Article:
I must confess that I was sorely tempted to skip any mention of Pride celebrations this year. That is until, I was struck by an ear-worm.  You know those annoying ear-worms, pieces of songs that pop into your heard, over and over again. This particular ear-worm is a song from my misbegotten youth; a popular song which is actually based upon a piece of scripture. Rather than sing my earworm to you, let me share it with you: …..

there you have Psalm 137,  adapted and interpreted, but Psalm 137 indeed. “By the rivers of Babylon, there we sat down, Yeah we wept, when we remembered Zion. When the wicked carried us away in captivity Required of us a song Now how shall we sing the LORD’s son in a strange land.”

I know that this is not Babylon, and we haven’t been carried away into captivity by our enemies. But who among us can doubt that so much of what we have taken for granted has changed and right now we are living in a very strange place indeed? So how can we celebrate today of all days, when so many people are suffering? Continue reading

National Indigenous Peoples Day: In this storm, Jesus is not asleep in the back of the boat! We are!

The raging storms are all around us! The tumultuous winds are churning up the waters and tossing us about in treacherous seas. Our small boats are tossed to and fro as massive waves heave us left and right. The roaring winds create upheavals, which leave us cowering in fear, trembling as we struggle to meet each wave which carries with it the potential to destroy the few planks of wood that we have hewn together to carry us upon the ever changing sea, which holds both the promise of sustenance and the threat of oblivion within the darkness of its depths. With each crash upon the hull our fear rises, and the ferocity of the storms intensifies. Frightened, clinging to life as we are tossed from one danger to the next, we cry out into the storm, convinced that only some power more intense, bigger, stronger, beyond our abilities to even imagine, only a power such as this can save us from being swamped in our small boats. We fear that left to our own devices, without the meager security offered by our small boats, we will be overcome by the waves and drown in the very sea that we must rely upon to sustain us.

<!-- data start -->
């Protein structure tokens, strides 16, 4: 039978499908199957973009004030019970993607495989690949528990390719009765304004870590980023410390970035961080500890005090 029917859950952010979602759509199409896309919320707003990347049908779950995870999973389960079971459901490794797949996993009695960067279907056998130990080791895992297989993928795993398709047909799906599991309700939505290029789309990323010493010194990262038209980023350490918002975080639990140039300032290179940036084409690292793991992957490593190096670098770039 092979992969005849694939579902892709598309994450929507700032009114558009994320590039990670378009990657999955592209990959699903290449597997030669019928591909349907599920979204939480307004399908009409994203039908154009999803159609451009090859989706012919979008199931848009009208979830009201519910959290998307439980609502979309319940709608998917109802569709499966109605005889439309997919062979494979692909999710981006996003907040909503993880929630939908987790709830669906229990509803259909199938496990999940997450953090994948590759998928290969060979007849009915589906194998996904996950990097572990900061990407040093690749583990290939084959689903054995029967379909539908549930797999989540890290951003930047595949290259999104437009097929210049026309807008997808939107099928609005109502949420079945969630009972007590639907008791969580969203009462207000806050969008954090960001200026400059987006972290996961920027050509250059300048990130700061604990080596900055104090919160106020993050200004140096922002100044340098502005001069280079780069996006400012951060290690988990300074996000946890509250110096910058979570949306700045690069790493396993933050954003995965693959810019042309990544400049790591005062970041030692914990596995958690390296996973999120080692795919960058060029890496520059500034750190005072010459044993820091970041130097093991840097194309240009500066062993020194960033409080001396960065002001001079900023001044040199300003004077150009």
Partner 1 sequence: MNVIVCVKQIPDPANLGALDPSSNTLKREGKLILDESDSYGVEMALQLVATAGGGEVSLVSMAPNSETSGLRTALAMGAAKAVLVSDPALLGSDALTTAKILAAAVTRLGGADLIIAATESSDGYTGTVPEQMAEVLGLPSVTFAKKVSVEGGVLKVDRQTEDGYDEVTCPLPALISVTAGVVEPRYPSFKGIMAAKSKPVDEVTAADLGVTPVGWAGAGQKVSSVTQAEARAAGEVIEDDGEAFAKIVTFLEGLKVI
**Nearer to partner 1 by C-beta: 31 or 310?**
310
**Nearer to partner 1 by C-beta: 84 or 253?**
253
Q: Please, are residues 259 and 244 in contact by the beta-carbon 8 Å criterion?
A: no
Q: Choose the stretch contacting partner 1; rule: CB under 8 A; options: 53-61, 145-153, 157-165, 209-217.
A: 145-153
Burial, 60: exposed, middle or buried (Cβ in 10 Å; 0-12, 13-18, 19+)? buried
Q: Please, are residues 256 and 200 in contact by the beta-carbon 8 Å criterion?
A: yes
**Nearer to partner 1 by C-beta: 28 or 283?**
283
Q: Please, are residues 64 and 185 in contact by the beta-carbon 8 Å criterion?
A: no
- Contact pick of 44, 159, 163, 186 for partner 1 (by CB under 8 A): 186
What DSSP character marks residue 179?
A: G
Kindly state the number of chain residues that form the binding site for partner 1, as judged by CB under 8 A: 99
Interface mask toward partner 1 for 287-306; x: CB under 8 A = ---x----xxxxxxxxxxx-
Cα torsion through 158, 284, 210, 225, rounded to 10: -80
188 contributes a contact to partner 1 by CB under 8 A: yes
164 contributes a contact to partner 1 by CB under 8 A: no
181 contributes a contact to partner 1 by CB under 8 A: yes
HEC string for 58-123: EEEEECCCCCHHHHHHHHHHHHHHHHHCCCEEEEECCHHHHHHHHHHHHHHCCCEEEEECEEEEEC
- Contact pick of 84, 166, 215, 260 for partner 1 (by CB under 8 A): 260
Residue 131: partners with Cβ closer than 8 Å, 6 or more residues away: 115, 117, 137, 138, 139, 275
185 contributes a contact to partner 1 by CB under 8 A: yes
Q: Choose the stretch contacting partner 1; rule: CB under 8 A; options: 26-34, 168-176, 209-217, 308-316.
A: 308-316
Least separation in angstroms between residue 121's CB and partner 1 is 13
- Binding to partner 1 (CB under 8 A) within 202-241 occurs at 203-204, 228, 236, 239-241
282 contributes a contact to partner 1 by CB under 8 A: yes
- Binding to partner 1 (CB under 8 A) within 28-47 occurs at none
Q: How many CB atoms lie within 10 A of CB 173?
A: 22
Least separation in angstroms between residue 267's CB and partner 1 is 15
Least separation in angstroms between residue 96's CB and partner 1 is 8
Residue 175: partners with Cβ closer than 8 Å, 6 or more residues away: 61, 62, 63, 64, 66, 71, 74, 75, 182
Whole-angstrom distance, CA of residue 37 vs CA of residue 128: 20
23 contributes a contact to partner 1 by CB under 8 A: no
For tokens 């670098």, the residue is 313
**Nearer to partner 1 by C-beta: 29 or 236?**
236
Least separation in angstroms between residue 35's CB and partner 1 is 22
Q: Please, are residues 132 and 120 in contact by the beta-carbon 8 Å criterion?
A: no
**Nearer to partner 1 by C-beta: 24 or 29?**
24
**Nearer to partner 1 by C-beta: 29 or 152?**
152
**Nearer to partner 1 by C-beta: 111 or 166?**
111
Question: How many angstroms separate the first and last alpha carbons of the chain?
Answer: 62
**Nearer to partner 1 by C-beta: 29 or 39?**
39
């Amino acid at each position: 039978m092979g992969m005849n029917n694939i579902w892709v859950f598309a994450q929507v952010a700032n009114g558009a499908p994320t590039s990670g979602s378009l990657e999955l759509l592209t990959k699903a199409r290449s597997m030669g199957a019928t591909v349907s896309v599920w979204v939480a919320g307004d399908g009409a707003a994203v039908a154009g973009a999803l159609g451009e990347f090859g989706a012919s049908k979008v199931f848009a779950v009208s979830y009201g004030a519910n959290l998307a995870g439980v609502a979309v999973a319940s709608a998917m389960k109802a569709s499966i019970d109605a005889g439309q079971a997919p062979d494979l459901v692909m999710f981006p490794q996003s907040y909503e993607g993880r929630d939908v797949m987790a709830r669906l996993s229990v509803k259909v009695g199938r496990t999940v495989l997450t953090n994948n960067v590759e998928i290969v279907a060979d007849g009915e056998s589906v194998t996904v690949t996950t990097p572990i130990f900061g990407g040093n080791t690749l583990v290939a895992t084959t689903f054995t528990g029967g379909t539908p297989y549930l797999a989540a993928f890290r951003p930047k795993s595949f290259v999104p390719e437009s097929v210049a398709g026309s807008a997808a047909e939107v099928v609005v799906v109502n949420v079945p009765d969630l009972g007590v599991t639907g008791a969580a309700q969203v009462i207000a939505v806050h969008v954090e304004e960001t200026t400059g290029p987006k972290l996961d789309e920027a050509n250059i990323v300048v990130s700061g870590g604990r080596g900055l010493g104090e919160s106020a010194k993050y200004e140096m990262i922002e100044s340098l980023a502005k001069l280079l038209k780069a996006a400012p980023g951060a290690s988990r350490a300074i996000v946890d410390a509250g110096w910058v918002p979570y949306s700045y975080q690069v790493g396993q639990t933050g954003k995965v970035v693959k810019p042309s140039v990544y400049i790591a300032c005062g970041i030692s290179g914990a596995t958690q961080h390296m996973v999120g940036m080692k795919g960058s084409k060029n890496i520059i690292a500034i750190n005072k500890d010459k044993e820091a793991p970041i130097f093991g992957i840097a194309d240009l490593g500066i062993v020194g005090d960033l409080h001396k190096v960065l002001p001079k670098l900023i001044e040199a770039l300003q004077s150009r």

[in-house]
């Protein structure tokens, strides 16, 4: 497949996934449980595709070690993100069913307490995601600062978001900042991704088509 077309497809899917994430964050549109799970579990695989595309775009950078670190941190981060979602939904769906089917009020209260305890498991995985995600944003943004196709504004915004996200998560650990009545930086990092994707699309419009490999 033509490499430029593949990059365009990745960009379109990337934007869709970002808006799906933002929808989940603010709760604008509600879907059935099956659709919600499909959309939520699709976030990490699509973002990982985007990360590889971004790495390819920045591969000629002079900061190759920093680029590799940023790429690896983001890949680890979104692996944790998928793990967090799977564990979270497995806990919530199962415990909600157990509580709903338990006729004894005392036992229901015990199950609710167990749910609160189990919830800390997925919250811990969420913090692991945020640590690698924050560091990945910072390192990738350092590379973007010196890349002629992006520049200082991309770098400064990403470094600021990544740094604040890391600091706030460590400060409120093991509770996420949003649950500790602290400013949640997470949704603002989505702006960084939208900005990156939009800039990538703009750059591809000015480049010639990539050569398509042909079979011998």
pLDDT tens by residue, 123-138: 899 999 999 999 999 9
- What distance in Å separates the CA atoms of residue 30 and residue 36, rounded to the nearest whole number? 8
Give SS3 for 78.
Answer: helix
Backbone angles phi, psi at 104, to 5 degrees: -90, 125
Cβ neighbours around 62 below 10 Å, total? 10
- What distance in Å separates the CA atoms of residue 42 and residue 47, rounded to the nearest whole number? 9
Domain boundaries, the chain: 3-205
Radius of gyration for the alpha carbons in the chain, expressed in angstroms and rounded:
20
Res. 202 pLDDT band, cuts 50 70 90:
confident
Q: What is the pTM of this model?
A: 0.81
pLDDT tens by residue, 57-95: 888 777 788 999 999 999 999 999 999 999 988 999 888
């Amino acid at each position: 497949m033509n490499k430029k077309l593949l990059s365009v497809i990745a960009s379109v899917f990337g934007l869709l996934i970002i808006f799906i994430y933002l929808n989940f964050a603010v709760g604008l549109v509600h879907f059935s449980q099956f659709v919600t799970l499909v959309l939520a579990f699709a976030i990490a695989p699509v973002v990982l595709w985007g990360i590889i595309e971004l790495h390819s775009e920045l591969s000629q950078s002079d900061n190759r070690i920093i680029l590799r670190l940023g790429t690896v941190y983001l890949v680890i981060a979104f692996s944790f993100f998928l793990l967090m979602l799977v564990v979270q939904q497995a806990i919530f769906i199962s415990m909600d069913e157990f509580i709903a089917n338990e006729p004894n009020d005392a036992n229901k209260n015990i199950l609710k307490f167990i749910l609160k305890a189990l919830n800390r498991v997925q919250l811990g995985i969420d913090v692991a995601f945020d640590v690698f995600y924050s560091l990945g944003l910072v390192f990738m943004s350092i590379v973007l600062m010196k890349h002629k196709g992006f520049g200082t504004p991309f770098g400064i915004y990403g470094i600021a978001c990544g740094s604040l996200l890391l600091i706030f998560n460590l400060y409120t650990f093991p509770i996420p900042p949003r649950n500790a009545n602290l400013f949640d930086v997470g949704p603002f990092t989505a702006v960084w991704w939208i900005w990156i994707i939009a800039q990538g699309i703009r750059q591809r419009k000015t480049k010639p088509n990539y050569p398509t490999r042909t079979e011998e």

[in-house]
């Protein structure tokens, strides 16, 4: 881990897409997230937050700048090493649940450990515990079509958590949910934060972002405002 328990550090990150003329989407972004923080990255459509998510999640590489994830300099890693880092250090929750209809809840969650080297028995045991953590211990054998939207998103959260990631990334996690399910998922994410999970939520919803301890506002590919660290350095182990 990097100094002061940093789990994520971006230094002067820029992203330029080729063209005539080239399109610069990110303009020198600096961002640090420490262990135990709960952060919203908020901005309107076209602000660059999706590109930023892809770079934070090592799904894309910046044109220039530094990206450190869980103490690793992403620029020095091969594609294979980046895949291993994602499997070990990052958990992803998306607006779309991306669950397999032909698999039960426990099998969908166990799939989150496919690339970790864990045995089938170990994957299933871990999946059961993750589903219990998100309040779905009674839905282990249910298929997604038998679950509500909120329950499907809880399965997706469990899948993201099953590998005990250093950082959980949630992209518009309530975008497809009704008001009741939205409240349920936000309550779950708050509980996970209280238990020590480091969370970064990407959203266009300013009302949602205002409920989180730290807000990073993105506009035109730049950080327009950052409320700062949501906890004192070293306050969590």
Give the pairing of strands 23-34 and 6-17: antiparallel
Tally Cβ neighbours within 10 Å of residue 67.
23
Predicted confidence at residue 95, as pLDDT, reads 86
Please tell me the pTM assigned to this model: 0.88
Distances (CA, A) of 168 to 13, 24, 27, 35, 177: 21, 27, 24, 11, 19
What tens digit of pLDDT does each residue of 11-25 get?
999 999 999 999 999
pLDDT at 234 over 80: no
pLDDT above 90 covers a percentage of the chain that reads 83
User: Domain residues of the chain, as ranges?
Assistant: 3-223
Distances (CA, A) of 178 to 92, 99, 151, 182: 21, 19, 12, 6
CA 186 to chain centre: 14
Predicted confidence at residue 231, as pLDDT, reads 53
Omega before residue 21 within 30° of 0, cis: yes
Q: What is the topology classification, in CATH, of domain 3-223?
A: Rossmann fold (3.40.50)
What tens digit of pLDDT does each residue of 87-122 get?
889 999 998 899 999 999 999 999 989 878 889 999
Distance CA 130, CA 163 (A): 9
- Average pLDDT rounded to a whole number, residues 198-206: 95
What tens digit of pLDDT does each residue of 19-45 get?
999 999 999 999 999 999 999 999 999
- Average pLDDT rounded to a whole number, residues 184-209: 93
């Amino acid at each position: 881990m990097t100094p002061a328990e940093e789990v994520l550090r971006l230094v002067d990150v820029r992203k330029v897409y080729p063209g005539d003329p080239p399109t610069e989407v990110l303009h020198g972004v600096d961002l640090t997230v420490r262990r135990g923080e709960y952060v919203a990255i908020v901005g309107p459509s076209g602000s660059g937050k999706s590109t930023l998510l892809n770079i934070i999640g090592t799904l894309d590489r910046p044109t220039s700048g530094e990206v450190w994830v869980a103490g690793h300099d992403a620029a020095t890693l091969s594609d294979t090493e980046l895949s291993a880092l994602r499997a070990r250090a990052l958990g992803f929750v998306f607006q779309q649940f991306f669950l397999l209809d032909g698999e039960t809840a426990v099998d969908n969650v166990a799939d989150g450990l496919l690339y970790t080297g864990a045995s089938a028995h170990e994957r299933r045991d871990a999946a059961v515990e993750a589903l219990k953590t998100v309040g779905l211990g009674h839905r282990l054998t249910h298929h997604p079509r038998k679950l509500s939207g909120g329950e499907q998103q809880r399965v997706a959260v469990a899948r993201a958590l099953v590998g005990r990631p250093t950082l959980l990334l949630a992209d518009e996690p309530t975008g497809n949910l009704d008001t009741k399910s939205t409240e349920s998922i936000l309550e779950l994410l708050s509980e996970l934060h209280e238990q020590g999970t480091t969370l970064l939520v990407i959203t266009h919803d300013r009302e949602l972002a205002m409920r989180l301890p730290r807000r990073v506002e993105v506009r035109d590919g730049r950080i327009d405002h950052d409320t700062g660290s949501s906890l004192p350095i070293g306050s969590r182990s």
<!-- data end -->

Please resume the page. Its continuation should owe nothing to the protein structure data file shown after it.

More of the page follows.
Racism, poverty, disease, and violence; four winds that howl so ferociously that all we can hear is the sound of people’s fear. As the storms rage all around us, we see the very real possibility that the bottom might just fall out of the small craft we have fashioned to navigate the troubled waters which lie before us. Racism, poverty, disease, and violence; four winds that drive us ever closer to wrecking our small boats. Boats hastily designed without thought to the perils which threaten to consume us, as monsters from below depths below, surface all around us. Continue reading

“The Great Commission” Birthed White Supremacy! – Trinity Sunday sermon

How did we get here? All over the world people are marching in the streets proclaiming, “Black lives matter.” Millions have defied the fear of the corona virus, and taken their lives into their hands to venture out into the streets to protest the systemic racism that permeates institutions all over this planet. Even in Canada, where it takes a colossal effort to turn people out into the streets, even in Canada hundreds of thousands of people have defied public health orders to march against racism.